Concert: Florian Kitt, cellist and pianist Harald Ossberger perform various classical works - reservations required – acftc.org – Austrian cultural forum – 3524 International Court NW. – 7:30 PM

Lecture: Chris L. Jenkins, assistant editor the Washington Post discusses "Is it a challenge today to discuss race in America, publicly?" – MLK Library – 6:30 PM

Thursday, 11
Book Lecture:  Nancy L.:Cohen – "Breakthrough: The Making of America's First Woman President" – P&P – 7 PM

Panel:   Distinguished panel of former members of Congress - "The History of Finance in American Politics" - National Archives - 7 PM

Book Lecture:  Ted Gioia - "Love Songs: The Hidden History" - Montpelier Room - Madison Building- Library of Congress - 7 PM

Book lecture: A. O.  Scott – "Better Living Through Criticism: How to Think About Art, Pleasure, Beauty, and Truth" - P&P - 7 PM



Wednesday, January 27, 2016

Free Intellectual and Cultural Programs for the week beginning Thursday, January 28

It;s been a fascinating week with over 13,000 hits on my two blogs in five days.  Both blogs have new features this week.  For the first time I am listing on this blog an event at the United States Institute of Peace - that "Dove-like" looking building on Constitution Avenue that one sees as they enter the District across the Theodore Roosevelt Memorial Bridge.

And remember, Wednesday noon check out the tribute to Sinatra at 100.  I've seen the show and it's even worth skipping lunch if you have to!.

More dramatic changes are incorporated on my Rant blog at http://www.ronlehkersrant.blogspot.com  I'm no longer ranting or raving, I've begun responding to the thousands of questions sent me on the Internet's Reddit program used primarily by young people.  I hope you will give it a trial this week to see some of the provocative questions youth asked.  YOU are invited to take part in the discussion.

January
Thursday, 28
Book talk: T. H. Brien – "George Washington's journey: The president forges a new nation" – P&P - 7 PM

Panel:  "Money, War and the Business of Power in the Horn of Africa" - United States Institute of Peace - 2301 Constitution Avenue - Entrance on 23rd Street NW - 10:30AM - Noon

Friday, 29
Film:  "Thunderbirds Are Go" - British Sci-fi film - Pickford Theatre - Madison Building - Library of Congress - 7PM

Concert:  Merlin Ensemble from Vienna with violin cello and piano with music of Koerber Mendelssohn Liszt and others – Austrian cultural forum – 3524 International Court NW. – 7:30 PM

Saturday, 30
Lecture:  Dance Historian Graham Christian discuss his new book, "A Playford Assemby" celebrating the country dance and song - Collidge Auditorium - Jefferson Building - Library of Congress - 1PM

Booktalk:  Jim Wallis - "America's Original Sin: Racism, White Privilege and the Bridge to a New America" - P&P 3:30PM

Booktalk  David Kaezynski - "Every Last Tie: The Story of the Unibomber and his Family" - P&P:
6PM

Discussion/Exhibition:  Photographic display and lecture of scenes from the District in 1960 - 70 Historical Society of DC - Carnegie Library - 801 K St. NW Noon - 2PM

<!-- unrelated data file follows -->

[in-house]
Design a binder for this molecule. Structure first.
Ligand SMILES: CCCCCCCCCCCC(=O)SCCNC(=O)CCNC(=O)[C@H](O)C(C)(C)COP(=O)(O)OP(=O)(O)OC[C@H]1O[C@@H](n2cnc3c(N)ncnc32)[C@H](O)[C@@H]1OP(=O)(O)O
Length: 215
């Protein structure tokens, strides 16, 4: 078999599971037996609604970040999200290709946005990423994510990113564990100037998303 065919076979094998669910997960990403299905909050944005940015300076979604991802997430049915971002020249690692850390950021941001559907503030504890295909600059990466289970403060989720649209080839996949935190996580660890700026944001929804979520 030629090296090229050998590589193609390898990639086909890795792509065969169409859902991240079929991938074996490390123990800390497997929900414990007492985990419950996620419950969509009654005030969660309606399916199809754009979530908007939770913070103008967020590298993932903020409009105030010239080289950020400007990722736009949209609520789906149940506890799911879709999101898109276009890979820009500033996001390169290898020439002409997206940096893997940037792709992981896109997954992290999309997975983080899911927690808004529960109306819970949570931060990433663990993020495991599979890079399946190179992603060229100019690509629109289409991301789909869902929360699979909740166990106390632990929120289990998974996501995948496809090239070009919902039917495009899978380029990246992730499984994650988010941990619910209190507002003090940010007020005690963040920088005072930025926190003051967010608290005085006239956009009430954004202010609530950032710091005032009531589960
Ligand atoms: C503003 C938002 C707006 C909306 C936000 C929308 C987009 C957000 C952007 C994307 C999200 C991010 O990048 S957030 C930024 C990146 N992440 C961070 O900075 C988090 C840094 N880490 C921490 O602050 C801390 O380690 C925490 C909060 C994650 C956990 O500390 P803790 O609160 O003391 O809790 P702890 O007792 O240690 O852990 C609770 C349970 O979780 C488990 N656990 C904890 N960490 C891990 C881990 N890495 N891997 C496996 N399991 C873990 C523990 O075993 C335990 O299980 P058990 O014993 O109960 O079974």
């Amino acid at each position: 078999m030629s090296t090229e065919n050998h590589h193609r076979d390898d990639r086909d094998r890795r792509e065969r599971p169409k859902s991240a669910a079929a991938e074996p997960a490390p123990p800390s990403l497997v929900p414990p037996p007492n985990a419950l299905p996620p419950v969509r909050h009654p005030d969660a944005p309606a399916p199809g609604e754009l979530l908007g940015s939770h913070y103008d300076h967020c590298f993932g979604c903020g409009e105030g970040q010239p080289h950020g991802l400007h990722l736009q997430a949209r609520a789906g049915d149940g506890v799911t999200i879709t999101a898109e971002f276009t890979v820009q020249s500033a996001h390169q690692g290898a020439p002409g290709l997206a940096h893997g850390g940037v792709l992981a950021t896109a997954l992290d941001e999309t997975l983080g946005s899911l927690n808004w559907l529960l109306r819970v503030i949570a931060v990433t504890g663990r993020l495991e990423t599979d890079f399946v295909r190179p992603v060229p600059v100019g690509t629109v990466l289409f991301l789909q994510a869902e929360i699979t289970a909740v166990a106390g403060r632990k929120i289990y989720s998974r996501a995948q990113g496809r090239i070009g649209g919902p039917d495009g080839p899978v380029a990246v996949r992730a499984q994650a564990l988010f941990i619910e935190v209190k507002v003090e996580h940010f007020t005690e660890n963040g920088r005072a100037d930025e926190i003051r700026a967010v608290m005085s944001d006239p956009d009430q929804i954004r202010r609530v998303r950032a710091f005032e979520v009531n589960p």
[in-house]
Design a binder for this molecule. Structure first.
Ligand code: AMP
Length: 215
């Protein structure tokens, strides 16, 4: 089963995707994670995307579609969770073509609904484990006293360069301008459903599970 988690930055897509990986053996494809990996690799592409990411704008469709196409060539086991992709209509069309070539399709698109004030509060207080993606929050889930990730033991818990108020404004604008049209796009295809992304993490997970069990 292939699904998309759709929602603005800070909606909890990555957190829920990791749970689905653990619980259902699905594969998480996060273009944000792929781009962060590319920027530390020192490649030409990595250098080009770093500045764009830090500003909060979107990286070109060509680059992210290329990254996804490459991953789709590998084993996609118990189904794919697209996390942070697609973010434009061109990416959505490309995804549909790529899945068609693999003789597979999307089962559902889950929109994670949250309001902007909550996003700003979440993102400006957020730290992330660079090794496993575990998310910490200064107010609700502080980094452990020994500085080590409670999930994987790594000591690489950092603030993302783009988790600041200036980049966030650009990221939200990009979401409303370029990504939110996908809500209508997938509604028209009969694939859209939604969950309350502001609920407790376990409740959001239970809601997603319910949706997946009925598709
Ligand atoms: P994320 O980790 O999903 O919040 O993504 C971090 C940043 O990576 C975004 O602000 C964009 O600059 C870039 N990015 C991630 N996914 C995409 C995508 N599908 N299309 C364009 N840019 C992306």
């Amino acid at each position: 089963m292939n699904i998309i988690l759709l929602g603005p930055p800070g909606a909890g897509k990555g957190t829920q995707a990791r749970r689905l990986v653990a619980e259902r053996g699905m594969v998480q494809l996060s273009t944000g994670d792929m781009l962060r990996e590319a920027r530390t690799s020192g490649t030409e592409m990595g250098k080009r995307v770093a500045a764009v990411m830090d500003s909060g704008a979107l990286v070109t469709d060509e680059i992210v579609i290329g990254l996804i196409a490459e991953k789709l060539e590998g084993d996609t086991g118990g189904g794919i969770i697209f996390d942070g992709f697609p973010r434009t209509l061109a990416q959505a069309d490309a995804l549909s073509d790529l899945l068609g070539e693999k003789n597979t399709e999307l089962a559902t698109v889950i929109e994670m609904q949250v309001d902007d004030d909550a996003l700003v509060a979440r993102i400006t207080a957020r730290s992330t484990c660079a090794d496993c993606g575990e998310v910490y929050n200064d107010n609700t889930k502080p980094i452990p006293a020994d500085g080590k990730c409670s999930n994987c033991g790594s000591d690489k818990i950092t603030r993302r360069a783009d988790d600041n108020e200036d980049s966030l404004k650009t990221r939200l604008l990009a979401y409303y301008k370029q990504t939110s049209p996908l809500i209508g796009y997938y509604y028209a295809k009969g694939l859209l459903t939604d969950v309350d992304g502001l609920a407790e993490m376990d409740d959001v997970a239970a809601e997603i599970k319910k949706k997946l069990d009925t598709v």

Chinese New Year Family Festival:  Crafts, art work and performances - Smithsonian American Art Museum - - 11:30AM - 3PM

Concert:  NSO Flute, Horn and Piano perform Various Classical Works - Millennium Stage - Kennedy Center - 6PM 

Sunday, 31
Book Talk:  Roger Rosenblatt - " Thomas Murphy" - P&P - 1PM

Concert:  National Gallery of Art Vocal Ensemble ,, "Songs of Myth and Grandeur from the 19th and 20th Century" - West Garden court - NGA -3:340 PM

Film:  Iranian Film Festival - "Avalanche" with discussion by the film's star - East Building Auditorium - NGA - 4 PM

February
Monday, 1
Booktalk: Ian Buruma _ Their Promised Land:My Grandparents in Love and War - P&P - 7PM

Tuesday, 2
Concert:  "The Heartbeat of God: Sacred Drumming" - drums will be provided and all will be taught - Washington National Cathedral - 7 PM  

Book Talk:  Jeffrey Stern - " The Last Thousand: One School's Promise in a Nation at War" - Kramer Books and Afterwords - 6:30 PM

Wednesday, 3
Concert:  "Sinatra Turns 100" -  Bob McDonald with combo from the Smithsonian Jazz Appreciation Orchestra - St. John's Church - Lafayette Park - 12:10PM - 12:45PM

Booktalk:  Ruta Sepetys - "Salt to the Sea"- Embassy of Lithuania - 7PM

Booktalk:  Sonja B. Williams - "Word Warrior: Richard Durham of the Chicago Defender"- Montpelier Room - Madison Building - Library of Congress - Noon - 1PM

Booktalk: Rashod Ollison discusses his memoir "Soul serenade: rhythm, blues and coming of age through vinyl" – Kramerbooks and Afterwords – 6:30 PM

Lecture: GWU Prof. Christopher A. Bracey discusses "the Dred Scott decision: slavery, secession and its aftermath" – room 316 – Martin Luther King Jr. Memorial Library – 6:30 PM

Concert with interpretation:" Lost in the stars: an evening of music and insight exploring the themes of Washington National Opera's production of "Lost in the stars" – based on the novel "Cry the beloved country" with reflections on South Africa by former ambassador Ebrahim Rasool and theologian Kelly Brown Douglas – Washington National Cathedral – 7 PM

Thursday, 4
Booktalk;: James Mayer - "Dark Money: The Hidden History of the Billionaires Behind the Rise of the Radical Right" - P&P - 7PM